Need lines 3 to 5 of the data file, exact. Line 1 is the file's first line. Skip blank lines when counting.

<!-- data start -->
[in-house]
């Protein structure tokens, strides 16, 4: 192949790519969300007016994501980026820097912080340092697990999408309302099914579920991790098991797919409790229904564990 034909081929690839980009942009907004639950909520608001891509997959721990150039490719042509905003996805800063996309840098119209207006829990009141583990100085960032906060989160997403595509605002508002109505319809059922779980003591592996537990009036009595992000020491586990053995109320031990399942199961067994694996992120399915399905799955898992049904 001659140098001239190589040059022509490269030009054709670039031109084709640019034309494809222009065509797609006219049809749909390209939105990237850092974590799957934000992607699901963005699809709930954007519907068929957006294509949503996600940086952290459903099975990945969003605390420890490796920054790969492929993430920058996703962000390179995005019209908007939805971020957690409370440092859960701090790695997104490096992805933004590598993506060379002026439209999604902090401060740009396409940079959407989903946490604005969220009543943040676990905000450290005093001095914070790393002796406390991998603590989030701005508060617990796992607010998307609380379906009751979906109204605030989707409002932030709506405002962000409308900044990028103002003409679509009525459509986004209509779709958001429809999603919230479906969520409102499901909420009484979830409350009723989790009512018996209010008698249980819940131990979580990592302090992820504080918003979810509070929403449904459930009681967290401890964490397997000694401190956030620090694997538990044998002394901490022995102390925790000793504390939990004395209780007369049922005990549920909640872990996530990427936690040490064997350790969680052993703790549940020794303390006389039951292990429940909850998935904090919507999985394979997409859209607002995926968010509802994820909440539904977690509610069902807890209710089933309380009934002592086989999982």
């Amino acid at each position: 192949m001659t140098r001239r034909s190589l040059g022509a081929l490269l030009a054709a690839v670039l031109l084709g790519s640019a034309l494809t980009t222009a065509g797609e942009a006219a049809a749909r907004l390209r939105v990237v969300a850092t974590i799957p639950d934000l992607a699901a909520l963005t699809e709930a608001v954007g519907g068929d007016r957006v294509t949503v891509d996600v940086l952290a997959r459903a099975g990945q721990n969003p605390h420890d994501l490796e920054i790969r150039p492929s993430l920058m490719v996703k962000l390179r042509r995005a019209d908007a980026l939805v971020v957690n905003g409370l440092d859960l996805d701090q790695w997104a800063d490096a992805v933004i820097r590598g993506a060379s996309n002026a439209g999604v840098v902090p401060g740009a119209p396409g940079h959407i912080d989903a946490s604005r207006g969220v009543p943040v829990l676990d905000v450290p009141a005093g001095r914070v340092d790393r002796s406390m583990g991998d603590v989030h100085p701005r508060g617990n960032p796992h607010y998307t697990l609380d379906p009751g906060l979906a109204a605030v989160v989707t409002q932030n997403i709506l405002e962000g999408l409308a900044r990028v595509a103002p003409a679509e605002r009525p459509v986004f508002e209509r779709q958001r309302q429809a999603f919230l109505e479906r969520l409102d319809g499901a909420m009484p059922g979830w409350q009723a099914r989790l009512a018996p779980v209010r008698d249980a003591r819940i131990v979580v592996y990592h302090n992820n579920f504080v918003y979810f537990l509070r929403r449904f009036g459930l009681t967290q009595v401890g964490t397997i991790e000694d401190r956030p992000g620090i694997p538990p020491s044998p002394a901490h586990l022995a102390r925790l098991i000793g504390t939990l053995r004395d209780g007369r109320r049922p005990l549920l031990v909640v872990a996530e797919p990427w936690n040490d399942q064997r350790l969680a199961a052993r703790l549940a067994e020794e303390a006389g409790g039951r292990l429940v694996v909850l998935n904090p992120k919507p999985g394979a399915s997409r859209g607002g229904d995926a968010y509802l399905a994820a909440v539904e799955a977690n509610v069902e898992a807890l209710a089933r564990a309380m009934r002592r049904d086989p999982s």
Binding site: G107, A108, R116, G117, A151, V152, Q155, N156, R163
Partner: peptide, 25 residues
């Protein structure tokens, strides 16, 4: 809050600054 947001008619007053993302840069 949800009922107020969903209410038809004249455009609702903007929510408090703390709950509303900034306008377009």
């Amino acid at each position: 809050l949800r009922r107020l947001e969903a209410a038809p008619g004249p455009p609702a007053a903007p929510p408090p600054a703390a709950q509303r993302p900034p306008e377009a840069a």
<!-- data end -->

């Amino acid at each position: 192949m001659t140098r001239r034909s190589l040059g022509a081929l490269l030009a054709a690839v670039l031109l084709g790519s640019a034309l494809t980009t222009a065509g797609e942009a006219a049809a749909r907004l390209r939105v990237v969300a850092t974590i799957p639950d934000l992607a699901a909520l963005t699809e709930a608001v954007g519907g068929d007016r957006v294509t949503v891509d996600v940086l952290a997959r459903a099975g990945q721990n969003p605390h420890d994501l490796e920054i790969r150039p492929s993430l920058m490719v996703k962000l390179r042509r995005a019209d908007a980026l939805v971020v957690n905003g409370l440092d859960l996805d701090q790695w997104a800063d490096a992805v933004i820097r590598g993506a060379s996309n002026a439209g999604v840098v902090p401060g740009a119209p396409g940079h959407i912080d989903a946490s604005r207006g969220v009543p943040v829990l676990d905000v450290p009141a005093g001095r914070v340092d790393r002796s406390m583990g991998d603590v989030h100085p701005r508060g617990n960032p796992h607010y998307t697990l609380d379906p009751g906060l979906a109204a605030v989160v989707t409002q932030n997403i709506l405002e962000g999408l409308a900044r990028v595509a103002p003409a679509e605002r009525p459509v986004f508002e209509r779709q958001r309302q429809a999603f919230l109505e479906r969520l409102d319809g499901a909420m009484p059922g979830w409350q009723a099914r989790l009512a018996p779980v209010r008698d249980a003591r819940i131990v979580v592996y990592h302090n992820n579920f504080v918003y979810f537990l509070r929403r449904f009036g459930l009681t967290q009595v401890g964490t397997i991790e000694d401190r956030p992000g620090i694997p538990p020491s044998p002394a901490h586990l022995a102390r925790l098991i000793g504390t939990l053995r004395d209780g007369r109320r049922p005990l549920l031990v909640v872990a996530e797919p990427w936690n040490d399942q064997r350790l969680a199961a052993r703790l549940a067994e020794e303390a006389g409790g039951r292990l429940v694996v909850l998935n904090p992120k919507p999985g394979a399915s997409r859209g607002g229904d995926a968010y509802l399905a994820a909440v539904e799955a977690n509610v069902e898992a807890l209710a089933r564990a309380m009934r002592r049904d086989p999982s």
Binding site: G107, A108, R116, G117, A151, V152, Q155, N156, R163
Partner: peptide, 25 residues